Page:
Movie Review: Guardians of the Galaxy

By Matthew Huntley

August 5, 2014

This is what eBay looks like from the inside.

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Meanwhile, the blue-skinned Yondu (Michael Rooker), head of the Ravagers, places a bounty on Peter. Word of this reaches a couple oddball hunters: Rocket (voice of Bradley Cooper), a genetically engineered raccoon with a busy mouth and feisty personality, and Groot (voice of Vin Diesel), a walking tree whose mouth is anything but busy (he only speaks three words). Groot is gentle, but you don’t want to get on his bad side.

When a public fight breaks out between Peter, Gamora, Rocket and Groot, they’re all arrested and sent to prison, where they meet the last member of this soon-to-be “Guardians” group, Drax the Destroyer (Dave Bautista), a once-human, muscle-bound being who’s mentally thick but physically powerful. His motivation to join the team is revenge against Ronan for killing his wife and daughter.

Initially, these diverse individuals ban together to merely sell the orb for a hefty sum to The Collector (Benicio Del Toro), but as the story goes, their alliance turns more altruistic when they realize it’s for the greater good to thwart Ronan and Thanos. All this leads to a giant battle not unlike the Death Star sequence from A New Hope or the ending from Independence Day.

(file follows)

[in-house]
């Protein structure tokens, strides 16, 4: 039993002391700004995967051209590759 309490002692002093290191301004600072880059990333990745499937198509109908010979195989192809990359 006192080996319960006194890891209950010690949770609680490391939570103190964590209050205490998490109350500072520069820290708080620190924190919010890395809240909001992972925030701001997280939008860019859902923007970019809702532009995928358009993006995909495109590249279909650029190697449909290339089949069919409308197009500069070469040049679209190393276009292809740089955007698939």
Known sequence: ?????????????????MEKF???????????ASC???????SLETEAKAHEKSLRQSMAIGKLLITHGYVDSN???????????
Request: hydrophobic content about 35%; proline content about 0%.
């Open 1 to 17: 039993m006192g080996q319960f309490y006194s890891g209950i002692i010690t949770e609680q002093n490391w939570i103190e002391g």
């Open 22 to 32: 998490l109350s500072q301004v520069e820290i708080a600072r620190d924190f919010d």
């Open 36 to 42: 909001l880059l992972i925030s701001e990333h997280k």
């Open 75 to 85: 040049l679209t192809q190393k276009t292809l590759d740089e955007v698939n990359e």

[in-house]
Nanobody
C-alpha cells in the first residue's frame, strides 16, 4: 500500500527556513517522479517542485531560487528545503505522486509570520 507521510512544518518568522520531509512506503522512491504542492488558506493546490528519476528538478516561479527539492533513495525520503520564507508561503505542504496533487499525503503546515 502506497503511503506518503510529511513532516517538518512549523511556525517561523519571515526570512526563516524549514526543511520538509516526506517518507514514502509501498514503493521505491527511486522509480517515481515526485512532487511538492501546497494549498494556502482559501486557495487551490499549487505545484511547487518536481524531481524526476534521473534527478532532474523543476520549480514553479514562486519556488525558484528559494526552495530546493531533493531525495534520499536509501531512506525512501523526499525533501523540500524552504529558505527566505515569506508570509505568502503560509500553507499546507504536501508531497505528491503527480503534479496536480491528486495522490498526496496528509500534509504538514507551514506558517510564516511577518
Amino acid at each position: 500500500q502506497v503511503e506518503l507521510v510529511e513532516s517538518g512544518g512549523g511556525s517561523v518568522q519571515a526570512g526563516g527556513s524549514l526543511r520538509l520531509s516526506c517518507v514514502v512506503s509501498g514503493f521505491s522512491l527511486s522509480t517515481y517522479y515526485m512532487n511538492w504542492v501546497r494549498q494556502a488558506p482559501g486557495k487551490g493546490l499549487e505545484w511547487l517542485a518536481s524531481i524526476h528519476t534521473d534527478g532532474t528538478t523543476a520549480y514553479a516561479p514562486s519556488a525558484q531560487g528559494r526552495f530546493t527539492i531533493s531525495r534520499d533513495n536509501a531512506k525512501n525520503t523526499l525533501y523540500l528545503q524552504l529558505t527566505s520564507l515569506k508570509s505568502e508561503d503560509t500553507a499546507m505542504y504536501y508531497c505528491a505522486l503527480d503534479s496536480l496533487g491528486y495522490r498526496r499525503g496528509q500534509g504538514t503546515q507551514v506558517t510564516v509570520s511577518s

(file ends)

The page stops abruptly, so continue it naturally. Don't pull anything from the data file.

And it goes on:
As far as action is concerned, this holds our attention, but what keeps Guardians of the Galaxy moving is its flippant attitude and inclination to be fun and jolly over serious and emotional. Yes, its underlying plot and structure are conventional, but it’s the interplay of the characters that make the movie fresh, funny and cheeky. There are several moments when we think the story is going to adjust itself and become just another superhero movie, but then it breaks the mold again. To give you an idea, just as Ronan is delivering his typical villain monologue, complete with his intentions to kill and rule innocent people, Peter…well, Peter thinks of a way to distract him. I won’t give anything away, but it goes back to a conversation he had earlier with Gamora about Kevin Bacon and Footloose.

It’s these scenes that make Guardians of the Galaxy special and memorable, and they’re enough to sustain it…for now anyway. When it comes to the sequels (the closing credits promise at least one), I would encourage the filmmakers to combine their attitude with more depth. As amusing and appealing as the characters are, I’d personally like to see them in a more original story - one with a greater purpose. It’d be great if the filmmakers could retain the movie’s current wit and audacity but expand upon the substance. Then we’d have more than one reason to see the movie. The more, the better.

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